London on a Budget: Don’t Forget This! 

When looking to travel in a big city like London, it’s easy to be seduced into picking the lowest price for hotels/ lodging. We found out the hard way that the cheapest place actually ends up costing more…

Big Ben.

How? Because time is valuable too. 

Our 100+ day journey (no return ticket!) started with a week in London, so this is sage advice for long journey travelers and ambitious tourists who believe they can absorb London in a week.

It’s hard to find a way around London being pricey: bargain hotels start at $130 USD near the main attractions and hostels are mostly dorm style. AirBnB is typically the best way to get quality lodging at a deeply discounted rate. Unless you’re the worlds greatest hotel rewards points collector of course, in which case, don’t be afraid to share.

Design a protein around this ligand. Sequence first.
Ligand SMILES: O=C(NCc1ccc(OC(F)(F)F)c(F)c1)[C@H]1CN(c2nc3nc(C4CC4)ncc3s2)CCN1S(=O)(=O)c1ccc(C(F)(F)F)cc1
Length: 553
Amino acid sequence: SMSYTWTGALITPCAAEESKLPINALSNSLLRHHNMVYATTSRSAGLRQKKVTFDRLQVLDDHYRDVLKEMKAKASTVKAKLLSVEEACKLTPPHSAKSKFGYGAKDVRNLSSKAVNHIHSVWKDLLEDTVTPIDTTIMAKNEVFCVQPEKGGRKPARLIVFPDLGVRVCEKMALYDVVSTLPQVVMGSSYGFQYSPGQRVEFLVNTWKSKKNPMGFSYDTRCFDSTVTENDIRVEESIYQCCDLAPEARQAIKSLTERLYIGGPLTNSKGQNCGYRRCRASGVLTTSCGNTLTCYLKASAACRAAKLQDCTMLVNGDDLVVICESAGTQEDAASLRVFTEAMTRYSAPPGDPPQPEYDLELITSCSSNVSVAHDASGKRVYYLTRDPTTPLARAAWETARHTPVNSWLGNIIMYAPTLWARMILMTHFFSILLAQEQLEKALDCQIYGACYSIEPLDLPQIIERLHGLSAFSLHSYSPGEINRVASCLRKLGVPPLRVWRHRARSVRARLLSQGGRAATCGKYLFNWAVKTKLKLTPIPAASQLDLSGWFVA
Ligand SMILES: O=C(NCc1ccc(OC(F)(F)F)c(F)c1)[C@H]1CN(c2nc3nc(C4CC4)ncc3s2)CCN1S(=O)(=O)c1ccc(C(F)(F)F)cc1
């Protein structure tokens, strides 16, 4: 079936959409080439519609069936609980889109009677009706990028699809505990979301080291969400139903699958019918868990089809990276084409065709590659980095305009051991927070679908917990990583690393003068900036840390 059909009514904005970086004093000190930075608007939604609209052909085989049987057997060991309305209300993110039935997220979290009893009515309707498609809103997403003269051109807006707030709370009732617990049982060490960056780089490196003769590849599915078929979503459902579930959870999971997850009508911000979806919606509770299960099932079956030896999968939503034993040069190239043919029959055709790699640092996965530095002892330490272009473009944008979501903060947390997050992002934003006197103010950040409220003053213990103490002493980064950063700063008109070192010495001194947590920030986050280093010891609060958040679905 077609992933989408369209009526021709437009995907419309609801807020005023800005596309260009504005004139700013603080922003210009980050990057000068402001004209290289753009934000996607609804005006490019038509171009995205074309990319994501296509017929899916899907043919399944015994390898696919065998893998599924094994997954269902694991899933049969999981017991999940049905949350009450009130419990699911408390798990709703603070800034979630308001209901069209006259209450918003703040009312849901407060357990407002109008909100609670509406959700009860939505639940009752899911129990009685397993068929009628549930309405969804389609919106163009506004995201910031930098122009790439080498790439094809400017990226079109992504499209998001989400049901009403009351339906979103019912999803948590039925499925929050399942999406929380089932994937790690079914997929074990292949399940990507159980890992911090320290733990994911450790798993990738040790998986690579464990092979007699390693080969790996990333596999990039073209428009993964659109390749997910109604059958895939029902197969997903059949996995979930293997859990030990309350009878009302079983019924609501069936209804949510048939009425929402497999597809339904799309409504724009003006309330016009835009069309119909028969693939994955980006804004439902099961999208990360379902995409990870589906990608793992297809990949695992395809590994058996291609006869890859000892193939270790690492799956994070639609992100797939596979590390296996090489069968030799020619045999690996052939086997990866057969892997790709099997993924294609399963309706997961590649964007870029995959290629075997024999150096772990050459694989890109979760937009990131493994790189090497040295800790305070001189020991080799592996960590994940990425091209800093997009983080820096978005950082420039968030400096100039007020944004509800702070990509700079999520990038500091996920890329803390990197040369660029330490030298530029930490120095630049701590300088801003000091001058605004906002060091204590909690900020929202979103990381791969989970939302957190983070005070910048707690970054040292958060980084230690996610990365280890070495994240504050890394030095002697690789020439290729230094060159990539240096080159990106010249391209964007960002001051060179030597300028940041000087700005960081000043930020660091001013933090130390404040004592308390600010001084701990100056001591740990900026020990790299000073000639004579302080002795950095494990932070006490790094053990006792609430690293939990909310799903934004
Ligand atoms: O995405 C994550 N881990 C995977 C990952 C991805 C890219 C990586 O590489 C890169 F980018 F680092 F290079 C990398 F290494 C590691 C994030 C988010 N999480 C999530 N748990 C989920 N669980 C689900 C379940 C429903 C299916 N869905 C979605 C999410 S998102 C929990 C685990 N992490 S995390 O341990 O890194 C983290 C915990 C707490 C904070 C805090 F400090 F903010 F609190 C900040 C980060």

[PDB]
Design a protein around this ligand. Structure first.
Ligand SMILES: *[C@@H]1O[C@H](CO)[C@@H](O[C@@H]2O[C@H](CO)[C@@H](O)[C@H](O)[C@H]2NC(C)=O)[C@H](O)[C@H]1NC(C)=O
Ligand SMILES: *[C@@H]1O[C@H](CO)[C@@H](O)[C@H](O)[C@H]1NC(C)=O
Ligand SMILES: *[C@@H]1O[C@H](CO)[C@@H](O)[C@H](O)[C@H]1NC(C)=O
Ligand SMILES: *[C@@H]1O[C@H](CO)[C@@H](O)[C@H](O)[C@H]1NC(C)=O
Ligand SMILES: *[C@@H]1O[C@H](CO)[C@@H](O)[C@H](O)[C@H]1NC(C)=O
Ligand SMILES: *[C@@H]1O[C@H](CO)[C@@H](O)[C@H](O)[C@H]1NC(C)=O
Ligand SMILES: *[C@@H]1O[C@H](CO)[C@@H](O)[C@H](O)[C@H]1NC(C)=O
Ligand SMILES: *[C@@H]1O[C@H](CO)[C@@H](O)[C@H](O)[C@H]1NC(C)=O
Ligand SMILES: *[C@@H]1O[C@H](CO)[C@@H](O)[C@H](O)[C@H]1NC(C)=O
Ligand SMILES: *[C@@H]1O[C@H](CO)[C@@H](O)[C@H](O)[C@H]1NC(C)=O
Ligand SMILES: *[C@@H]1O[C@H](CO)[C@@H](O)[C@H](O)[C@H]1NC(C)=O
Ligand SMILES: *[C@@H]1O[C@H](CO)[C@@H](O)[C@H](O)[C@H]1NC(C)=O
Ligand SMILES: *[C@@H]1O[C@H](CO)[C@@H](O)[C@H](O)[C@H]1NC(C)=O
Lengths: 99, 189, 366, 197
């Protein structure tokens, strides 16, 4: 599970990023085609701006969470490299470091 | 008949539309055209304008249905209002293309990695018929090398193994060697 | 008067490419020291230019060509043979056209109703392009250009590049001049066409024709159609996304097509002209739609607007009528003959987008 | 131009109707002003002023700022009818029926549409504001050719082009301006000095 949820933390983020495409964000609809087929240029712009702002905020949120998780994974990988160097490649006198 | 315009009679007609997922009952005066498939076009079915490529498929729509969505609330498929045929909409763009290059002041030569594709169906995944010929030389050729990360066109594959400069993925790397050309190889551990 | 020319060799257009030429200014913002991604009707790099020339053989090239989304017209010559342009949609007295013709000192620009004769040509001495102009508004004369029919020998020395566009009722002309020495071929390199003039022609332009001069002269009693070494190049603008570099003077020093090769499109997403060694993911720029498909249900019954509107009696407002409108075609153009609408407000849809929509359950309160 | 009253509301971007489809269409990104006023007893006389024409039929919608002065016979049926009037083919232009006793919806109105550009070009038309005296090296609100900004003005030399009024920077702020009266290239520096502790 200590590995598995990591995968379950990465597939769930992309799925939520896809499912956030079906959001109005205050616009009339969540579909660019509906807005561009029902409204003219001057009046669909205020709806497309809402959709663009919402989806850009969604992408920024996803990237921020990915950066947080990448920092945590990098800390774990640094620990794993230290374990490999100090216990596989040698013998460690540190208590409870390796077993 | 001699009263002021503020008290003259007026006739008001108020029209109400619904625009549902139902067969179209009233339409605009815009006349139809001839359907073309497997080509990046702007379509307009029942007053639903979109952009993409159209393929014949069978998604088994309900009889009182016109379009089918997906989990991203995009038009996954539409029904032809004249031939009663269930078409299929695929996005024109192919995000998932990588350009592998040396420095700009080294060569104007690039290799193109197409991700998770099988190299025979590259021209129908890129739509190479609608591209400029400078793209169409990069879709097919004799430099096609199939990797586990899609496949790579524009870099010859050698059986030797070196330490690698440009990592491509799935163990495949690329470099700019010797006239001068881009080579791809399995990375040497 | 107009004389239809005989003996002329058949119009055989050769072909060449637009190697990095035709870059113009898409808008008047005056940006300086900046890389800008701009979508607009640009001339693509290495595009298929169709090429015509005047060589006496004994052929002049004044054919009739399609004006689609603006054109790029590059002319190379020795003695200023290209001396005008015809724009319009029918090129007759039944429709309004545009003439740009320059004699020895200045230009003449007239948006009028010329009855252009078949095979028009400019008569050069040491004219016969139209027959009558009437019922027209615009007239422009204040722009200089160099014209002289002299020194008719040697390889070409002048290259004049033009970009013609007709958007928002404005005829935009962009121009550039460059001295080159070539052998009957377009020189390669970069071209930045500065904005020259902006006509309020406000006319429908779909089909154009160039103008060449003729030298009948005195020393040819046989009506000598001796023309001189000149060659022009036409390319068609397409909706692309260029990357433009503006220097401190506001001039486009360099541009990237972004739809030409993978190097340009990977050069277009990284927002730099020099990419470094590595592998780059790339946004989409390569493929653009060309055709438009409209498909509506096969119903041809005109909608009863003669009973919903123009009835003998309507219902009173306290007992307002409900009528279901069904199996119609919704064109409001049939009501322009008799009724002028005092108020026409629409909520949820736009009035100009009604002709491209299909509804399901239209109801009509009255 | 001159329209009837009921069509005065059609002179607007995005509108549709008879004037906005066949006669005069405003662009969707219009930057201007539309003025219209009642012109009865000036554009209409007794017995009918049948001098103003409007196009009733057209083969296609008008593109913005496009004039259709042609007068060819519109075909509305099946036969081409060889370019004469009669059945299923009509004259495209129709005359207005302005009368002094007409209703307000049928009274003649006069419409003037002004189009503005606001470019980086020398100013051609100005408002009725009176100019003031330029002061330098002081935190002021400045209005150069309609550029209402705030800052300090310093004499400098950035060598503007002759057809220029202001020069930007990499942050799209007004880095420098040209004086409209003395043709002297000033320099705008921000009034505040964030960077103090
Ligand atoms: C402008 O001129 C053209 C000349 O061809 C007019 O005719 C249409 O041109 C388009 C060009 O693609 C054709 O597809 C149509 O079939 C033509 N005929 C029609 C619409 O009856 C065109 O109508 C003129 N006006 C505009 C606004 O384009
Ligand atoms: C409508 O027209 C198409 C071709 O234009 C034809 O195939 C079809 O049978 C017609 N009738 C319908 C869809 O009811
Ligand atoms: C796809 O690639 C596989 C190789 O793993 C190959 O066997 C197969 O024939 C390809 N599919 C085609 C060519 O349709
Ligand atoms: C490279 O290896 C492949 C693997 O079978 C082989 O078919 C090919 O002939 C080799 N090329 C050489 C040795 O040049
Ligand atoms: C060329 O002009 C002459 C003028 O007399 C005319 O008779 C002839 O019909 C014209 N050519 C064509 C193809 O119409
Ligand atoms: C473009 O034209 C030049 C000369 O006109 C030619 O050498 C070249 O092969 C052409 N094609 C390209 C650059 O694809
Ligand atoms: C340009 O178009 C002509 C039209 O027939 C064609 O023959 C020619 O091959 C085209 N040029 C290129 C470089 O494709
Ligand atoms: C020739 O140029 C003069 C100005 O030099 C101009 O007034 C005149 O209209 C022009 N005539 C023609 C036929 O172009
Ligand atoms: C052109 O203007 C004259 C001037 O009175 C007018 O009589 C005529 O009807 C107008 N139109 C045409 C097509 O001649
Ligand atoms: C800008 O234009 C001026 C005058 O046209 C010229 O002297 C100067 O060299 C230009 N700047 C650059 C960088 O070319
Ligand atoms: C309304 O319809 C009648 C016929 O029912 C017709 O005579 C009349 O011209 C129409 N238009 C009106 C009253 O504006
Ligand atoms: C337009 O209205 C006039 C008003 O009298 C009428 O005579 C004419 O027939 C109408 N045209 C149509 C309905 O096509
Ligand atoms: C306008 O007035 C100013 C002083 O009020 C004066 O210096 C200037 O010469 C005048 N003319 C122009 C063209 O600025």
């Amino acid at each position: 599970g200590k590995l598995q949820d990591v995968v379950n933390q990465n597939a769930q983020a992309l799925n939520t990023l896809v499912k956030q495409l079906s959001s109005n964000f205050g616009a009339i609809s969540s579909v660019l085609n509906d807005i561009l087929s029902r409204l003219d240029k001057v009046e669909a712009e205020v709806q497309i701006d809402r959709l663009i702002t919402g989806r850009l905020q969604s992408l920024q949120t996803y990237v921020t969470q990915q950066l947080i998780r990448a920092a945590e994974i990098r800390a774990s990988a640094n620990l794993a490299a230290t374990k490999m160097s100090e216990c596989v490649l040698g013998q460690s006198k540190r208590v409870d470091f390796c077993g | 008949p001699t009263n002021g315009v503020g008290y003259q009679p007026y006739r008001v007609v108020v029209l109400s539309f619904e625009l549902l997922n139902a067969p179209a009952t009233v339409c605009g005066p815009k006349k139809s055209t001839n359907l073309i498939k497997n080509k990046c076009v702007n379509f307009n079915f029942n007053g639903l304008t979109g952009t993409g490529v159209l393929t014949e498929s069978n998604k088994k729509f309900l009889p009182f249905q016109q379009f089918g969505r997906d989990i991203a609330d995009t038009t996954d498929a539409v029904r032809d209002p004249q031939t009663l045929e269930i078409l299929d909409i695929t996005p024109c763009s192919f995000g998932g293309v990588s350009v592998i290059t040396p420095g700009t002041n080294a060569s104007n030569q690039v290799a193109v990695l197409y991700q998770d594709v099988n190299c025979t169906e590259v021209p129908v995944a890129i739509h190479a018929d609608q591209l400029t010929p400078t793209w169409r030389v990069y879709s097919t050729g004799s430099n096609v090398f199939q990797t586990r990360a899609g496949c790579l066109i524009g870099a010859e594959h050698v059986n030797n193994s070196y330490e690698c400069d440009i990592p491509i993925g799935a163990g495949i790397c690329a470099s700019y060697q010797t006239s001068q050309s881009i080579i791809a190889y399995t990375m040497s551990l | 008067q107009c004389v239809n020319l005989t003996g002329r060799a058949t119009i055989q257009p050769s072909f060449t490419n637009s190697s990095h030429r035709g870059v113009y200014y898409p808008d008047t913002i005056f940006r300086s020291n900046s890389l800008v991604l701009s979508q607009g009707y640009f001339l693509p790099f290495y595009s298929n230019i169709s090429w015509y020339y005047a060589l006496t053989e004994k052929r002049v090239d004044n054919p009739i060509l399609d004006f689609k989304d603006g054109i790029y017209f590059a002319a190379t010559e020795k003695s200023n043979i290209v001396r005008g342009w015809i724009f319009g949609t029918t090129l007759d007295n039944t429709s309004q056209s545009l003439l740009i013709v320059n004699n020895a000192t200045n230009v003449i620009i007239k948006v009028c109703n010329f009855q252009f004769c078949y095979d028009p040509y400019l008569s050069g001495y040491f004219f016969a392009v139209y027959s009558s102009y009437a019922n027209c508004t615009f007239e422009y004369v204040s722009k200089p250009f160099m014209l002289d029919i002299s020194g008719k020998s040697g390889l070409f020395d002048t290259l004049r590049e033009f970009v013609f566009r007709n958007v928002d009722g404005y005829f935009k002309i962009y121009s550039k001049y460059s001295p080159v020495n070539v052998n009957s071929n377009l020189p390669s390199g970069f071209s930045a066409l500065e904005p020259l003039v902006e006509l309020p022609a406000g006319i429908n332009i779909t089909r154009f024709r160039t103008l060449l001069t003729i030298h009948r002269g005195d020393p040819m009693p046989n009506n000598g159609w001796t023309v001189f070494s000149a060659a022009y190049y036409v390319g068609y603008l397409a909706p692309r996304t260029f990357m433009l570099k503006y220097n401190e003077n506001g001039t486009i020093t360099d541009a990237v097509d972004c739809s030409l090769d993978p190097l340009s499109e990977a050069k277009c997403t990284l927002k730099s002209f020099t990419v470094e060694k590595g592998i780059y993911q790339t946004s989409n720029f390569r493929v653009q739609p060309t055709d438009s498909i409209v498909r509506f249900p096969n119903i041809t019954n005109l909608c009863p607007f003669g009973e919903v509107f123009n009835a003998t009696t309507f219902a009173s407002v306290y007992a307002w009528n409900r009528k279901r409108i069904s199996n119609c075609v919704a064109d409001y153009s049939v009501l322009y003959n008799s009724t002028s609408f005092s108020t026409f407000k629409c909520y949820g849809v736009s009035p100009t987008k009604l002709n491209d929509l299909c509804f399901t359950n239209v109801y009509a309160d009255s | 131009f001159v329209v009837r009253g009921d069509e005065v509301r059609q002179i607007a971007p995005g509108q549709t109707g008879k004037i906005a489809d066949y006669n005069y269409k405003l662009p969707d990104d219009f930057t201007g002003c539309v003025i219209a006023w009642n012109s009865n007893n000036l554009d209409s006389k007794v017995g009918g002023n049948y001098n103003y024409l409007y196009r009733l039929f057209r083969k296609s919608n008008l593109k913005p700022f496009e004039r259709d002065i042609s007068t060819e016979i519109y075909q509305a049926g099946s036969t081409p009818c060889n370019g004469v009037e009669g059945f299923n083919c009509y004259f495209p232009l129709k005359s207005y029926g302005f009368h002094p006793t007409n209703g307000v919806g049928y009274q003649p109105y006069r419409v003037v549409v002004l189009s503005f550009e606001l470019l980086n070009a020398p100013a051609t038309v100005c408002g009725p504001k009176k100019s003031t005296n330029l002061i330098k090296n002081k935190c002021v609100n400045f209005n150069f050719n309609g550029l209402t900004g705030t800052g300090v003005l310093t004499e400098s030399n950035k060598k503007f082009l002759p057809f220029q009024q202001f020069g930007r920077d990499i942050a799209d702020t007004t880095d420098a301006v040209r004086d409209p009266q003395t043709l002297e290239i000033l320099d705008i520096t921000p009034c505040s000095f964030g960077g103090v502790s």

After looking into our options, we found a beautiful little place ‘just outside of London City Center’ for a modest $38 per night. That’s just $19 per person, per night. We had a nice little kitchen to cook in and a living room – excellent!

We flew ‘Into London’ (rolls eyes) and began working our way toward the house. Color me surprised to find that it would take us nearly an hour and a half via train and underground to get there.

Geograph-2430114-by-Malc-McDonald

Transit into London came at a steep cost of $77 via train on the express, taking about 45 minutes. Buy your ticket in advance and you might not get taken advantage of like we did. After another two transfers, we ended up on the train that would take us 45 minutes outside of London City Center ($4). We then walked / climbed the hill that brought us to the house we would call home for the next week.

Side note: This hill did not mess around. It puts San Francisco to shame. I’ve been on trail hikes less exerting than this. I felt like a winded mountaineer. What’s worse is these delightful little British kids are running all up and down this hill like it’s the easiest thing they’ve done all day. Ah.  Good ol days.